89.3 KPCC. JANUARY 23, 2013. When Jerry Brown delivers his State of the State address Thursday morning in Sacramento, some of California’s most powerful stakeholders will be listening for the Governor’s priorities — and how he challenges the legislature to respond this session.
Governor Brown has big plans to shake out the state’s funding formula for K-12 schools, but some education stakeholders are more concerned with efforts to weed out bad apples — a problem brought home by last year’s arrest of a long-time LAUSD elementary school teacher accused of lewd conduct.
“We would hope that there’s some effort this legislative cycle to address teacher dismissals,” says Dean Vogel, President of the California Teachers Association. The teachers' union fought a bill last year that would have expedited dismissals. Vogel thinks the media has hyped what is perceived to be an ineffective process for dismissing teachers. Still, he thinks a less costly way to oust teachers accused of wrongdoing could be reached this year — as long as it’s fair.
“So that at the same time that we’re preoccupied with keeping kids safe at school, we’re also taking care to address the due process needs of teachers and protecting their rights,” Vogel says.
A recent state audit concluded that California’s teacher dismissal process is too long and expensive, and requires a better tracking system for both teachers and other school employees. Senator Alex Padilla (D-Pacoima) has already introduced a bill to address those shortcomings. SB 10 is virtually the same as one the Senate education committee killed last year. But Edgar Zazueta, who lobbies for the Los Angeles Unified School District, believes there’s more momentum this year for change
“We hope — given all the attention given around this issue — your average citizen [and] your average parent agree: something needs to be done and that our current system is onerous,” Zazueta says.
For Los Angeles and other counties, the most important policy fight this year will be over how to fund federal healthcare reform. Matthew Cate, who heads the California State Association of Counties, says as California expands the Medi-Cal program for low-income residents, counties risk losing money to provide required indigent care and public health programs.
“Everything from making sure that folks are getting information about the spread of disease, to inoculations, to all that kind of core work — counties do all of it,” Cate says. “And so we’ll be advocating very assertively on behalf of counties to make sure that nothing goes awry.”
California cities will focus their energies on replacing some of what they lost when the Brown Administration convinced lawmakers to scrap the state’s 400 redevelopment agencies. Lawmakers acted to recapture $1.7 billion in taxes to help balance the state budget.
The League of California Cities sued to stop the move — and lost. Executive Director Chris McKenzie says now he hopes to find another way to make up for a loss that has devastated city budgets and brought affordable housing projects to a halt.
“Today, when a business comes to a city and says, ‘I want to partner with you, I’d like you to put in the infrastructure, I’ll do the private sector investments in order to get this done,' cities have such limited tools that they can use to partner, to get that kind of project financed,” McKenzie laments.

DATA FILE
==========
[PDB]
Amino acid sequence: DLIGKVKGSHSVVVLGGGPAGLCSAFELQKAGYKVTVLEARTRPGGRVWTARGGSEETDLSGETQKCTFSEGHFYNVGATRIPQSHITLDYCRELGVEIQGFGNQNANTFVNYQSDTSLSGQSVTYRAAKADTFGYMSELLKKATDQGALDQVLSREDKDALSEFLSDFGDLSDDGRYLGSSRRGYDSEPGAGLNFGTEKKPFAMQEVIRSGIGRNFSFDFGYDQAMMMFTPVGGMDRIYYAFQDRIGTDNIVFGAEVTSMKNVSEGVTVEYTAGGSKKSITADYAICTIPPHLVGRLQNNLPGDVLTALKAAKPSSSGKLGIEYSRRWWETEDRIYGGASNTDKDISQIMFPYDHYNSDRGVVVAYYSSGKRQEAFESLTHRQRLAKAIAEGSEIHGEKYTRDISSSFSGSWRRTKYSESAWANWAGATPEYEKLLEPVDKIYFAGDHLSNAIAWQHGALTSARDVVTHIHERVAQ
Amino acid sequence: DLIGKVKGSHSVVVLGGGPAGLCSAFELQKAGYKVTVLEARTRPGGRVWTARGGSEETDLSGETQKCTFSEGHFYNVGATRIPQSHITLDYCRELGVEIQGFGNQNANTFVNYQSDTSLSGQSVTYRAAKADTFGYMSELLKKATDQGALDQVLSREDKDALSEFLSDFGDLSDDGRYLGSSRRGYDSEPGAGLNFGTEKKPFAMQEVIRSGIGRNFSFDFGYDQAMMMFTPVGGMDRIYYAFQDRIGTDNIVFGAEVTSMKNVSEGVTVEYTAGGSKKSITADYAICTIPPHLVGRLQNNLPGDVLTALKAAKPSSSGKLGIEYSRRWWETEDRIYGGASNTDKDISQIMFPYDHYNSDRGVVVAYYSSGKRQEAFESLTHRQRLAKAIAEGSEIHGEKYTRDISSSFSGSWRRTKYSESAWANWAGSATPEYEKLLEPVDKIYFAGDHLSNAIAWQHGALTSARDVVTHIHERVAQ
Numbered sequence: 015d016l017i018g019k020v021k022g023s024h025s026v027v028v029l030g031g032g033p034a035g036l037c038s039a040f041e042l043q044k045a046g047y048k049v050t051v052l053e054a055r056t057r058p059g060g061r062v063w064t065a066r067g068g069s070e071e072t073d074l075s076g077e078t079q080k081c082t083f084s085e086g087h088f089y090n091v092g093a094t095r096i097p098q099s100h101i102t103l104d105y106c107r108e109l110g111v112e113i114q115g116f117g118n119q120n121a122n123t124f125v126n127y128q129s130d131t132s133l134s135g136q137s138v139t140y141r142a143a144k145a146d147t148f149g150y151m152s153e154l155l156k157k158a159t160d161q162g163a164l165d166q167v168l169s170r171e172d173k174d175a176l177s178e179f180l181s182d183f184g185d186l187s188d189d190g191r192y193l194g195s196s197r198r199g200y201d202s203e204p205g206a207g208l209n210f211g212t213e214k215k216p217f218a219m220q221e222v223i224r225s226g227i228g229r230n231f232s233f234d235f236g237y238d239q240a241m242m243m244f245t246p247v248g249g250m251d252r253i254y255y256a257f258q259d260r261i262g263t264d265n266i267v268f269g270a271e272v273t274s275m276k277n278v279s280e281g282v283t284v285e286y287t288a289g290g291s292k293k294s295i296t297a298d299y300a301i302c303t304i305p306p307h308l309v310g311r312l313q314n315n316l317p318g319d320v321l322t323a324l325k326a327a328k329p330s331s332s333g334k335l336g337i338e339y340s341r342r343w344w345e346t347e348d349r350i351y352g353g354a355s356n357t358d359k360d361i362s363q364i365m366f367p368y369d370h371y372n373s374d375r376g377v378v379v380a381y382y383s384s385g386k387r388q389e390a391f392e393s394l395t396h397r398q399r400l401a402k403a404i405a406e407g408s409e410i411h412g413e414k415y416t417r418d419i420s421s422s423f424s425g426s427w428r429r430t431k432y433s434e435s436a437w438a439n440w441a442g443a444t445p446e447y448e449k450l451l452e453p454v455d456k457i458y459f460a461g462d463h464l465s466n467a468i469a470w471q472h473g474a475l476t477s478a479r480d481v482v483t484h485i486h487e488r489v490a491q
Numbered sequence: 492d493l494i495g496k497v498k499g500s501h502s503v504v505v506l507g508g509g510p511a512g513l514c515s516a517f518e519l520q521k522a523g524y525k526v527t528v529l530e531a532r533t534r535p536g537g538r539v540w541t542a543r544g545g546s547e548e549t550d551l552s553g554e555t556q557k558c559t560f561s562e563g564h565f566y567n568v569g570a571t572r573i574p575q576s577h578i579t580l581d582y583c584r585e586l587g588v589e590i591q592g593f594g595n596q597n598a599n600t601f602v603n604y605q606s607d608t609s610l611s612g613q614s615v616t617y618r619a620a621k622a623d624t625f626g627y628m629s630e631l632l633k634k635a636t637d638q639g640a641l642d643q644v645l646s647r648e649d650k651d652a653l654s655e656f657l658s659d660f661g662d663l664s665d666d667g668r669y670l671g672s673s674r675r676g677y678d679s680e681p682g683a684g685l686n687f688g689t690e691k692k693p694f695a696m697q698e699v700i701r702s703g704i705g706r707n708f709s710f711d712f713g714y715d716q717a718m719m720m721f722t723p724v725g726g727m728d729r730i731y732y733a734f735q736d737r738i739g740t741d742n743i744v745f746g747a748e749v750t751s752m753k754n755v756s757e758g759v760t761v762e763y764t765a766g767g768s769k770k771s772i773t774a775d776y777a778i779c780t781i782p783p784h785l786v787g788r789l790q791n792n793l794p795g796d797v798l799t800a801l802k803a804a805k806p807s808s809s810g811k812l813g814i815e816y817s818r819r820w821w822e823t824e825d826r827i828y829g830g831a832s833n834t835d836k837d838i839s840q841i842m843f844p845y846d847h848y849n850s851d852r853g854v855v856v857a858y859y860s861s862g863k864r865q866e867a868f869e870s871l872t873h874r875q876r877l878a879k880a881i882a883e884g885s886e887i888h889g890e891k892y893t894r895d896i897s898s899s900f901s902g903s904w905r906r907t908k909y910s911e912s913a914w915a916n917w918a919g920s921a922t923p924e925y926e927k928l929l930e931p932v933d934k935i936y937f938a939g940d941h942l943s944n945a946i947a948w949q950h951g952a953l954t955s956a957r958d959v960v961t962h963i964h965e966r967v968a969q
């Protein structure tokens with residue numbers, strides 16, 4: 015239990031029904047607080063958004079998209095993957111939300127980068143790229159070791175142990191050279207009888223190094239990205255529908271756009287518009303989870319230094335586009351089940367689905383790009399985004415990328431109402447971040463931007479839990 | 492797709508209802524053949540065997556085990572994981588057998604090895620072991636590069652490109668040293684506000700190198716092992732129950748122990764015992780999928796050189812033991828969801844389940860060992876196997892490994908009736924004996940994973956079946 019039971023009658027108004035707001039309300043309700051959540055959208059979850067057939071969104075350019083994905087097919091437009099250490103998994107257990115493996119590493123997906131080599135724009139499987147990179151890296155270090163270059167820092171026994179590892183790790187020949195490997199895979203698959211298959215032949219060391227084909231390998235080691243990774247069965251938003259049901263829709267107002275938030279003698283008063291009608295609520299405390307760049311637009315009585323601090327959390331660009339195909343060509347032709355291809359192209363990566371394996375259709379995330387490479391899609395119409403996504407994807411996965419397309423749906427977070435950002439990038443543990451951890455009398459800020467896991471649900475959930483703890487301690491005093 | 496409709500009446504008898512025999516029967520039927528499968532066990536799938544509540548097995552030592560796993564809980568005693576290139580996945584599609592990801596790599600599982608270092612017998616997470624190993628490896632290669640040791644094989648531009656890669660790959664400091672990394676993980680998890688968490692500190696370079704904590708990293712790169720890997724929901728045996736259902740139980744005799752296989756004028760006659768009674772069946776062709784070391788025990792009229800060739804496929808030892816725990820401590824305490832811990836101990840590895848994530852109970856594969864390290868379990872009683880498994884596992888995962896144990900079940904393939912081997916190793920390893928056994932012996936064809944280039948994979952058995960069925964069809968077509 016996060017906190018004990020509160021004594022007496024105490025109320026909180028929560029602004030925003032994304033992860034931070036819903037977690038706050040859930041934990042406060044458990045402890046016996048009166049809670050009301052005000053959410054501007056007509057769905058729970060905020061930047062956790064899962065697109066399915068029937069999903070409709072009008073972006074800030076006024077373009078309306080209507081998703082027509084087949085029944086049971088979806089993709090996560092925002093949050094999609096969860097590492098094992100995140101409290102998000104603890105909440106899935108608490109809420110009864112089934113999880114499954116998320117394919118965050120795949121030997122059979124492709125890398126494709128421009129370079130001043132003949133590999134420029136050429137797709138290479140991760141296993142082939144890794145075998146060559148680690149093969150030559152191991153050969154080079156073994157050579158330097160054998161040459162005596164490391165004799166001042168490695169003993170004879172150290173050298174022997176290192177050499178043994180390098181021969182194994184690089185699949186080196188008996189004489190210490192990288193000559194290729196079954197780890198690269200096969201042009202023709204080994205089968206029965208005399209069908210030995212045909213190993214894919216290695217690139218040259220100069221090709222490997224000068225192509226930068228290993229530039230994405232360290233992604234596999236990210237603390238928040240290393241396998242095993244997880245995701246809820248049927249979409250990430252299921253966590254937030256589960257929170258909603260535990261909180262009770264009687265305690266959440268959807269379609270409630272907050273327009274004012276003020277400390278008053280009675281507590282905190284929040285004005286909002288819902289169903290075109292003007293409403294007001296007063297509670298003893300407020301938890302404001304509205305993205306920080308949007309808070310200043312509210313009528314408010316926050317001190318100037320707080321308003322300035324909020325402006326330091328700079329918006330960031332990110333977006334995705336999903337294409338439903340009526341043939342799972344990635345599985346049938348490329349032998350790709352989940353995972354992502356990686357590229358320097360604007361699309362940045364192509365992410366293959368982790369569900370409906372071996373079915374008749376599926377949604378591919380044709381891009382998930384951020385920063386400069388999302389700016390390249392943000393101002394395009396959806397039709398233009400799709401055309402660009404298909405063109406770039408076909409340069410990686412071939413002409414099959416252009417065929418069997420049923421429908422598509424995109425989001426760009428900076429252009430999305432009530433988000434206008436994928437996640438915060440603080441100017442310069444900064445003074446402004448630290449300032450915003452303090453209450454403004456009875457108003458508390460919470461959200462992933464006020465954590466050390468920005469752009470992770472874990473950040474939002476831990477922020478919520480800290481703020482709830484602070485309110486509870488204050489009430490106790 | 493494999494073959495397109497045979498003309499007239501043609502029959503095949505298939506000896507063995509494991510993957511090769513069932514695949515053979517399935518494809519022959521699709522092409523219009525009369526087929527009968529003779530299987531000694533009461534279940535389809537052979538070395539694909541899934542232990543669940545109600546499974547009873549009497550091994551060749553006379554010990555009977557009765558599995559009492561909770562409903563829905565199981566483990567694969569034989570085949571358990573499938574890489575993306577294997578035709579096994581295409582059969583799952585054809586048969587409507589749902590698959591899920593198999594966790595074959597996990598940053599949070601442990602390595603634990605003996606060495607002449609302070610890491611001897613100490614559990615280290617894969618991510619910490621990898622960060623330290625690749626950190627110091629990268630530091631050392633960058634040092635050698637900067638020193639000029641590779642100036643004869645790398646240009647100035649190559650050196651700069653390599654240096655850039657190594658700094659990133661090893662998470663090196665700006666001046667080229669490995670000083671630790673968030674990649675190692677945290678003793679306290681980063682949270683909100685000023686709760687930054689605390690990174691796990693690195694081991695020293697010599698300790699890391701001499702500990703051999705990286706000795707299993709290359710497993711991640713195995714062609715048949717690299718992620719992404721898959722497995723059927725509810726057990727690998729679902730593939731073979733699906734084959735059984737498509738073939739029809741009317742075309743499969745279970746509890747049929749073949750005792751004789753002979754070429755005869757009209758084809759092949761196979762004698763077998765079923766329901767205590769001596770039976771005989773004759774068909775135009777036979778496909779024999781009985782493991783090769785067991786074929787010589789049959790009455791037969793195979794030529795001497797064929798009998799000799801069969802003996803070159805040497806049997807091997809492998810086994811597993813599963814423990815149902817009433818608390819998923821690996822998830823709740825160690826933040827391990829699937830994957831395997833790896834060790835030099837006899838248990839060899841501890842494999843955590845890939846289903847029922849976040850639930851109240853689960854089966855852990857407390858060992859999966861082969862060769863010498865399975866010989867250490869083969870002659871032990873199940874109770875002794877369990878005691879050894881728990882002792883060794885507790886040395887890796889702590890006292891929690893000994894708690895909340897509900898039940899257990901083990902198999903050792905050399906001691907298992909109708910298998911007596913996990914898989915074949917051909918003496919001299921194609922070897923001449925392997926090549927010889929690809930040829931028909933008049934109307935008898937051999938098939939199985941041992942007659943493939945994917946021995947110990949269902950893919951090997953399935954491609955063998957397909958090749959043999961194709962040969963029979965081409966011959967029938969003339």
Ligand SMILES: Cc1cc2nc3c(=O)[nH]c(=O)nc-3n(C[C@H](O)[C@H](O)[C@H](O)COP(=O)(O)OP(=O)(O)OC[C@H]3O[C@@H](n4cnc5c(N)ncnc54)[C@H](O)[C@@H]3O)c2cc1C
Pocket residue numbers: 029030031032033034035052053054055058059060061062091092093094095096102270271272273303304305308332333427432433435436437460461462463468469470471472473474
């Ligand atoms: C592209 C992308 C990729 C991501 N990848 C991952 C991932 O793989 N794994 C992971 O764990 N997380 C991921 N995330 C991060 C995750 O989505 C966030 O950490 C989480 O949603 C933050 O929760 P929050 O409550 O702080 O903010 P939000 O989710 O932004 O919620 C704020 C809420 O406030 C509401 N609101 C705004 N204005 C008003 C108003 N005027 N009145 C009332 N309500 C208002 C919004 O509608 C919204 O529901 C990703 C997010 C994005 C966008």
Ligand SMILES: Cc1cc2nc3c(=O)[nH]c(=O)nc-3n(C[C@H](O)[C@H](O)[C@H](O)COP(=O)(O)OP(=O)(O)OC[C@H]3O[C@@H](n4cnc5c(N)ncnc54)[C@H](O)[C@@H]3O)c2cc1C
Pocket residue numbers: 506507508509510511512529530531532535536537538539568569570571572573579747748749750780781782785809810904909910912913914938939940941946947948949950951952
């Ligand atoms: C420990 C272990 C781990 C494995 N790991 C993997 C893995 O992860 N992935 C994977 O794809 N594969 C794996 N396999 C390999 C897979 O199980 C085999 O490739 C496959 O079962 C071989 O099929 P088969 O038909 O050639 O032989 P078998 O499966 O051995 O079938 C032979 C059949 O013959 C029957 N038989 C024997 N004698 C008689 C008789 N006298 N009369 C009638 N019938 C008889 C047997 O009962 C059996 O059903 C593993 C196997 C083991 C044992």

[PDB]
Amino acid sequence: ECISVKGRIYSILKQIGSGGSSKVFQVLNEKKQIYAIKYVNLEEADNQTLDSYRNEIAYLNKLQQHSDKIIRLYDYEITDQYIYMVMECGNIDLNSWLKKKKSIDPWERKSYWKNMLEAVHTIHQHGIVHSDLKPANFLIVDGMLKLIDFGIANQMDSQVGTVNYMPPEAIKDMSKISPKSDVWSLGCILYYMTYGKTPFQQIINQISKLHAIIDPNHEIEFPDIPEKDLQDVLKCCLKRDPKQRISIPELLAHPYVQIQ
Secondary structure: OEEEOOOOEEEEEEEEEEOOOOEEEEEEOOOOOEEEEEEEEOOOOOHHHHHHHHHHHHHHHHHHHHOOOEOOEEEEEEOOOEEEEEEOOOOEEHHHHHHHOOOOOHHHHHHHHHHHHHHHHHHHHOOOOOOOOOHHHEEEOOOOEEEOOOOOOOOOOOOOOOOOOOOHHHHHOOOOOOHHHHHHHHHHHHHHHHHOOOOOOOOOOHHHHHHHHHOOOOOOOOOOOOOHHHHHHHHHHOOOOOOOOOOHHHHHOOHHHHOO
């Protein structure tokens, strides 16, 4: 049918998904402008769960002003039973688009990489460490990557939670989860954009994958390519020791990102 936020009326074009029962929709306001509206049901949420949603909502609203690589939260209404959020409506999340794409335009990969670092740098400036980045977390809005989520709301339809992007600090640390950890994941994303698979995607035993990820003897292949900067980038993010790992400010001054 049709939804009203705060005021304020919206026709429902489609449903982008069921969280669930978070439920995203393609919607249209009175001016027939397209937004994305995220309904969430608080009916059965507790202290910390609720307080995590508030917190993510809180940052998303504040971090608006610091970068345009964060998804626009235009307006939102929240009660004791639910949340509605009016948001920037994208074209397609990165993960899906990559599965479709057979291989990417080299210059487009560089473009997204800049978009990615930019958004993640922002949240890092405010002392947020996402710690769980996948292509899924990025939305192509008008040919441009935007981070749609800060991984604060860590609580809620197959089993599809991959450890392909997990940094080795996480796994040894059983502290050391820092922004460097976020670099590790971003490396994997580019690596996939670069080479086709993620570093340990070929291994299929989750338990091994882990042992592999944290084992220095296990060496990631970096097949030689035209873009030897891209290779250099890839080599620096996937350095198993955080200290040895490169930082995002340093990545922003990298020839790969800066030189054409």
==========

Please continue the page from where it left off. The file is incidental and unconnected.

In the last legislative session, Governor Brown vetoed a handful of bills that would have increased local governments’ ability to use tax increments to finance projects. Business groups supported the changes and say they will try again this year.
The Los Angeles County Business Federation, known as BizFed, also wants to expand tax credits for TV and film projects that shoot in-state. BizFed’s members include the Hollywood Chamber of Commerce and the Motion Picture Association of America. CEO Tracy Rafter says study after study shows California gets a great return on its $100 million in annual tax credits.
“If I could give you a dollar and you would give me back $1.40, why wouldn’t I do that all day long?” Rafter asks. “It’s no cost to the taxpayer.”
Rafter believes the state should expand the total amount of the tax credit, and raise the cap on the types of projects that can apply. Currently that’s set at $75 million — an amount she says excludes most blockbuster films.
BizFed and the state Chamber of Commerce also support efforts to “modernize” the California Environmental Quality Act — or “CEQA.” A short-lived effort to pass such legislation died last summer. But Rafter says California still needs to bring the law in line with the 100-plus environmental measures passed since CEQA was enacted in 1970.
“There’s many more laws that come from the federal level and the state level on top of this,” Rafter explains. “So now we need a little harmonization across all of the regulations and governing bodies.”
“That’s bogus,” counters David Pettit, who heads the Natural Resource Defense Council’s Southern California Air Program. “It’s not ‘harmonizing.’" Pettit says the fine print of last year’s CEQA "modernization” bill does just the opposite:
“What it would do is take CEQA off the table — CEQA and all the public process that goes along —if a proposed project is legit under some other regulation, including even things like planning and zoning, which are often 20 or 30 years out of date.”
Pettit says he won’t be surprised to hear the Governor take a swipe at CEQA in his State of the State address. Last year Brown jokingly called CEQA reform “the Lord’s Work,” and has said he’ll look for ways to ease environmental regulations that impede economic growth. But Pettit and other environmental advocates will be pushing back — with all they’ve got.